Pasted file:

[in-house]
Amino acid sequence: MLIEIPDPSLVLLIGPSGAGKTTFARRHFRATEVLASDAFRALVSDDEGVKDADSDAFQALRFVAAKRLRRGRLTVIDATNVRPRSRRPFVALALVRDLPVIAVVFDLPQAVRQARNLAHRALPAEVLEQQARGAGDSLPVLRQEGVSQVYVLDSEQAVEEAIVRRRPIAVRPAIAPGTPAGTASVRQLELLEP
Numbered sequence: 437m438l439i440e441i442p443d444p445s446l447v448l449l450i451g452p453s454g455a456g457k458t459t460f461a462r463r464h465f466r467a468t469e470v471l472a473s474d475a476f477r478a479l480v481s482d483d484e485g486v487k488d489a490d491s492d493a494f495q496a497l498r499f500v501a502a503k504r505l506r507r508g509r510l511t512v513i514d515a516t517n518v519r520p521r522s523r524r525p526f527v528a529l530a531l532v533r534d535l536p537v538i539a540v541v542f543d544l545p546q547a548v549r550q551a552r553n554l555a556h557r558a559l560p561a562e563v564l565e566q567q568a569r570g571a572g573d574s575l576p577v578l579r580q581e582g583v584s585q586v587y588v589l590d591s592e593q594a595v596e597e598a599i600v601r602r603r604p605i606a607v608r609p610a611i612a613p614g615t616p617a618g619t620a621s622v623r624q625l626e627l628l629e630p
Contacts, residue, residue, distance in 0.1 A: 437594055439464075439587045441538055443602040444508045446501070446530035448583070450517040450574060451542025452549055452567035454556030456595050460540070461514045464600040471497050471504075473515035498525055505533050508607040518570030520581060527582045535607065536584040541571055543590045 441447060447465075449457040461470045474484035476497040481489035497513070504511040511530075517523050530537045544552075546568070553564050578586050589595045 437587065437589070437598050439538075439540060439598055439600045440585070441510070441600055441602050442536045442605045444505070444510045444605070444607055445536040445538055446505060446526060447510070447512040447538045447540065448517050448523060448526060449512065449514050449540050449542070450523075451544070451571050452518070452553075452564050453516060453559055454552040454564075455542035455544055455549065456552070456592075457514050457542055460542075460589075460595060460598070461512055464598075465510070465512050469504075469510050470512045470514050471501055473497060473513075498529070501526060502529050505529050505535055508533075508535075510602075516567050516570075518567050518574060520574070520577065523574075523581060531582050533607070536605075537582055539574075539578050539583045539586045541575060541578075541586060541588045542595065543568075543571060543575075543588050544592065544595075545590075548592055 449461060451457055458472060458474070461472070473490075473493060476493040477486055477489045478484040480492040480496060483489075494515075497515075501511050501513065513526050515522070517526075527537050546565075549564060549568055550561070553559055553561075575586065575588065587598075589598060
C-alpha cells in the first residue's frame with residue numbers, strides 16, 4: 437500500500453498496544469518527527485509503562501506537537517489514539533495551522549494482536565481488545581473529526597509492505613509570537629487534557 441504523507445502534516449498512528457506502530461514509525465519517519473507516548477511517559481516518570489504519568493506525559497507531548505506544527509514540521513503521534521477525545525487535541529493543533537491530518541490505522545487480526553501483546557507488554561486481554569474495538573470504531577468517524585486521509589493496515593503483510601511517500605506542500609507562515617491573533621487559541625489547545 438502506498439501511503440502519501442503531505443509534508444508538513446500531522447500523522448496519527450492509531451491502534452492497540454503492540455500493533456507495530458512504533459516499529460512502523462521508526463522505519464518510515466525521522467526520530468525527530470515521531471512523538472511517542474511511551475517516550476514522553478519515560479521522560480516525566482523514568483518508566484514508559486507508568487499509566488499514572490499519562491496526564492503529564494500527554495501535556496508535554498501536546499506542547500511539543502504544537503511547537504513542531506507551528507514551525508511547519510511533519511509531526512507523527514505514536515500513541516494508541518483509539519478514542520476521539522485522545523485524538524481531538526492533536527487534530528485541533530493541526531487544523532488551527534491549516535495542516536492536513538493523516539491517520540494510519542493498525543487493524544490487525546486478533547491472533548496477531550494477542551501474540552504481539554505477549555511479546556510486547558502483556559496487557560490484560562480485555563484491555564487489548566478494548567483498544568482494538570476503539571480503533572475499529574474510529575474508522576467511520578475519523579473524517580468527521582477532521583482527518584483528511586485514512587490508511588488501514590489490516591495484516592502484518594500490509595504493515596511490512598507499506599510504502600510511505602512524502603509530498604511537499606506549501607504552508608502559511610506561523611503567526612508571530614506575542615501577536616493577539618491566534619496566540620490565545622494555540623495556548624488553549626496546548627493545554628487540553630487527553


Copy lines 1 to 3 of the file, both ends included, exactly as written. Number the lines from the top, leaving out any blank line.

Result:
[in-house]
Amino acid sequence: MLIEIPDPSLVLLIGPSGAGKTTFARRHFRATEVLASDAFRALVSDDEGVKDADSDAFQALRFVAAKRLRRGRLTVIDATNVRPRSRRPFVALALVRDLPVIAVVFDLPQAVRQARNLAHRALPAEVLEQQARGAGDSLPVLRQEGVSQVYVLDSEQAVEEAIVRRRPIAVRPAIAPGTPAGTASVRQLELLEP
Numbered sequence: 437m438l439i440e441i442p443d444p445s446l447v448l449l450i451g452p453s454g455a456g457k458t459t460f461a462r463r464h465f466r467a468t469e470v471l472a473s474d475a476f477r478a479l480v481s482d483d484e485g486v487k488d489a490d491s492d493a494f495q496a497l498r499f500v501a502a503k504r505l506r507r508g509r510l511t512v513i514d515a516t517n518v519r520p521r522s523r524r525p526f527v528a529l530a531l532v533r534d535l536p537v538i539a540v541v542f543d544l545p546q547a548v549r550q551a552r553n554l555a556h557r558a559l560p561a562e563v564l565e566q567q568a569r570g571a572g573d574s575l576p577v578l579r580q581e582g583v584s585q586v587y588v589l590d591s592e593q594a595v596e597e598a599i600v601r602r603r604p605i606a607v608r609p610a611i612a613p614g615t616p617a618g619t620a621s622v623r624q625l626e627l628l629e630p